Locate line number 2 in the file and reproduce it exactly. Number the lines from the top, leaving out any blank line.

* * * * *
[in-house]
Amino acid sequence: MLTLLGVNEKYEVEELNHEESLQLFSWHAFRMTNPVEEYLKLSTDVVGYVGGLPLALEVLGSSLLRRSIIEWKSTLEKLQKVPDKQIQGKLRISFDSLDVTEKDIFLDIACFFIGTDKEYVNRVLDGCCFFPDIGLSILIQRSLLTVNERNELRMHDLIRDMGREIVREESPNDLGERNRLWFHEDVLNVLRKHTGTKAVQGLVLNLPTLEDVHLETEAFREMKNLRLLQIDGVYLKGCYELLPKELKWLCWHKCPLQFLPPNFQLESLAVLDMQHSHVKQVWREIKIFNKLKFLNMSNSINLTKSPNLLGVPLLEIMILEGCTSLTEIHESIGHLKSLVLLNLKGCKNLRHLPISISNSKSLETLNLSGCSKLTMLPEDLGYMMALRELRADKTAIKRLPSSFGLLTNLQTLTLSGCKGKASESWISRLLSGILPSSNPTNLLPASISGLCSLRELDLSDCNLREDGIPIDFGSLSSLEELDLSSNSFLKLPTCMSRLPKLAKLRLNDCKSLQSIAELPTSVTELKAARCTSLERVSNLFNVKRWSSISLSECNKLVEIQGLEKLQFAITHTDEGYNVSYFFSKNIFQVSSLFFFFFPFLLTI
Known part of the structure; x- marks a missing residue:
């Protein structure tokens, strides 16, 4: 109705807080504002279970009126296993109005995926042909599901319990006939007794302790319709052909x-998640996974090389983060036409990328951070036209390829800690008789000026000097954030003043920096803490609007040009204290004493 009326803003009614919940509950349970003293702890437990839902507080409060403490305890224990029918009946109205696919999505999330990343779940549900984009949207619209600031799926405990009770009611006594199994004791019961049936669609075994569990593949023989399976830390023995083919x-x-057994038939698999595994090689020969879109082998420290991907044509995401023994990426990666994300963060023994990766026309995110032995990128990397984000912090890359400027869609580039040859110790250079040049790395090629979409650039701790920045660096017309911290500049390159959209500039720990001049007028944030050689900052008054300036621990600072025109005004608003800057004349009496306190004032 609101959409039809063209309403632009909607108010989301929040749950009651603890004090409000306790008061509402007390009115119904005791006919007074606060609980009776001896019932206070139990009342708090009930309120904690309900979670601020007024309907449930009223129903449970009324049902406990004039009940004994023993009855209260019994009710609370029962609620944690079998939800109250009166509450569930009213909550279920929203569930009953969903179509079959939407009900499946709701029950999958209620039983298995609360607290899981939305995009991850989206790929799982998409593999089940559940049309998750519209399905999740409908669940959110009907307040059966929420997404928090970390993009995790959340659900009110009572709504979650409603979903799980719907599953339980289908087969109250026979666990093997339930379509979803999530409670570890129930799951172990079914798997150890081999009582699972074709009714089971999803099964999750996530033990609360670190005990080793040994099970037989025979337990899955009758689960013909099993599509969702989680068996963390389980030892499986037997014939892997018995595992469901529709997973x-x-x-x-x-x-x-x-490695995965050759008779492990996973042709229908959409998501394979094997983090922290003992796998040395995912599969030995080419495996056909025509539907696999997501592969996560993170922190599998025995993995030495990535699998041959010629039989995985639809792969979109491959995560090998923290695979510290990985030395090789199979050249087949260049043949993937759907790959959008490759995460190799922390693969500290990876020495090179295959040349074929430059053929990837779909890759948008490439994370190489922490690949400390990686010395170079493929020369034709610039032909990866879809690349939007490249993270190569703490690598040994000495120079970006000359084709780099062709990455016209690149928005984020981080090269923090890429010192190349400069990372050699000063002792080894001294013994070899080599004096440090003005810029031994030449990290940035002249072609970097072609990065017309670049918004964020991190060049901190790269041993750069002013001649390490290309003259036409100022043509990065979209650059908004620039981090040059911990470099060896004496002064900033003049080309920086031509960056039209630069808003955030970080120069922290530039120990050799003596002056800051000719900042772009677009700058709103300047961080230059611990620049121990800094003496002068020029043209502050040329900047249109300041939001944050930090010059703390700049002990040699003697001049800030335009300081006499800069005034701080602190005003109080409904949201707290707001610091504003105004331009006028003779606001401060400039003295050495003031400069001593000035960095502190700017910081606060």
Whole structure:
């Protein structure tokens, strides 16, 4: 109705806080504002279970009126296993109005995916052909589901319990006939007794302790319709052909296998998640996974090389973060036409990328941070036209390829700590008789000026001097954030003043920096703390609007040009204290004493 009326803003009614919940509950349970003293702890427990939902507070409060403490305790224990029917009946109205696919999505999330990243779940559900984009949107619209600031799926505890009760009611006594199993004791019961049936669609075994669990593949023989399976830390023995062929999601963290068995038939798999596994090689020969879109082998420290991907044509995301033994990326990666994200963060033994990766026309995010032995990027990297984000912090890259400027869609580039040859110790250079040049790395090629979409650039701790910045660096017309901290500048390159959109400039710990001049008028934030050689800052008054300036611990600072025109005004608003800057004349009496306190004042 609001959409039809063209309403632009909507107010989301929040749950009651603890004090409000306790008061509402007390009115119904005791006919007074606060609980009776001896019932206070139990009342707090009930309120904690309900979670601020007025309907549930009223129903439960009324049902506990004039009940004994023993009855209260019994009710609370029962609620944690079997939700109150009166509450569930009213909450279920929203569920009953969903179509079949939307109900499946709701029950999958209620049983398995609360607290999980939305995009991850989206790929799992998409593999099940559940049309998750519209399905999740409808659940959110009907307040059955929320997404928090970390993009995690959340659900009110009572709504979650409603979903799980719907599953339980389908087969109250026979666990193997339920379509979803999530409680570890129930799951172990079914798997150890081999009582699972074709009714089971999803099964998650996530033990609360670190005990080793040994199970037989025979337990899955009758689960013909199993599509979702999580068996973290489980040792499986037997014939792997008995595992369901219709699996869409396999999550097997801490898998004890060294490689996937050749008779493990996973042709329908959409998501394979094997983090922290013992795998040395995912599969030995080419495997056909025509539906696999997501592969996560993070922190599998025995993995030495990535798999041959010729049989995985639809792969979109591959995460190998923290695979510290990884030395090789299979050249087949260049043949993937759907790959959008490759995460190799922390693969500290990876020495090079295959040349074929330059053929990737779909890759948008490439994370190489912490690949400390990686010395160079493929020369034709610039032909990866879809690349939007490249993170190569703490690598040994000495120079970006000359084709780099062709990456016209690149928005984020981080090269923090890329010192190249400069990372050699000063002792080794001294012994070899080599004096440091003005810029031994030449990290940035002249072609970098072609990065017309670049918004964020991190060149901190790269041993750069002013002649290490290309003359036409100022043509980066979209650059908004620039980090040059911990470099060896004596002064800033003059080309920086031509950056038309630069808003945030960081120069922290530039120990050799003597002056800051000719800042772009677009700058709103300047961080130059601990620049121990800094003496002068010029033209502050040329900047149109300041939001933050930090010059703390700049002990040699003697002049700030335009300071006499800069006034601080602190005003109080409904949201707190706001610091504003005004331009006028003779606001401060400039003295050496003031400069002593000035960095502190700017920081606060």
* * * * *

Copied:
Amino acid sequence: MLTLLGVNEKYEVEELNHEESLQLFSWHAFRMTNPVEEYLKLSTDVVGYVGGLPLALEVLGSSLLRRSIIEWKSTLEKLQKVPDKQIQGKLRISFDSLDVTEKDIFLDIACFFIGTDKEYVNRVLDGCCFFPDIGLSILIQRSLLTVNERNELRMHDLIRDMGREIVREESPNDLGERNRLWFHEDVLNVLRKHTGTKAVQGLVLNLPTLEDVHLETEAFREMKNLRLLQIDGVYLKGCYELLPKELKWLCWHKCPLQFLPPNFQLESLAVLDMQHSHVKQVWREIKIFNKLKFLNMSNSINLTKSPNLLGVPLLEIMILEGCTSLTEIHESIGHLKSLVLLNLKGCKNLRHLPISISNSKSLETLNLSGCSKLTMLPEDLGYMMALRELRADKTAIKRLPSSFGLLTNLQTLTLSGCKGKASESWISRLLSGILPSSNPTNLLPASISGLCSLRELDLSDCNLREDGIPIDFGSLSSLEELDLSSNSFLKLPTCMSRLPKLAKLRLNDCKSLQSIAELPTSVTELKAARCTSLERVSNLFNVKRWSSISLSECNKLVEIQGLEKLQFAITHTDEGYNVSYFFSKNIFQVSSLFFFFFPFLLTI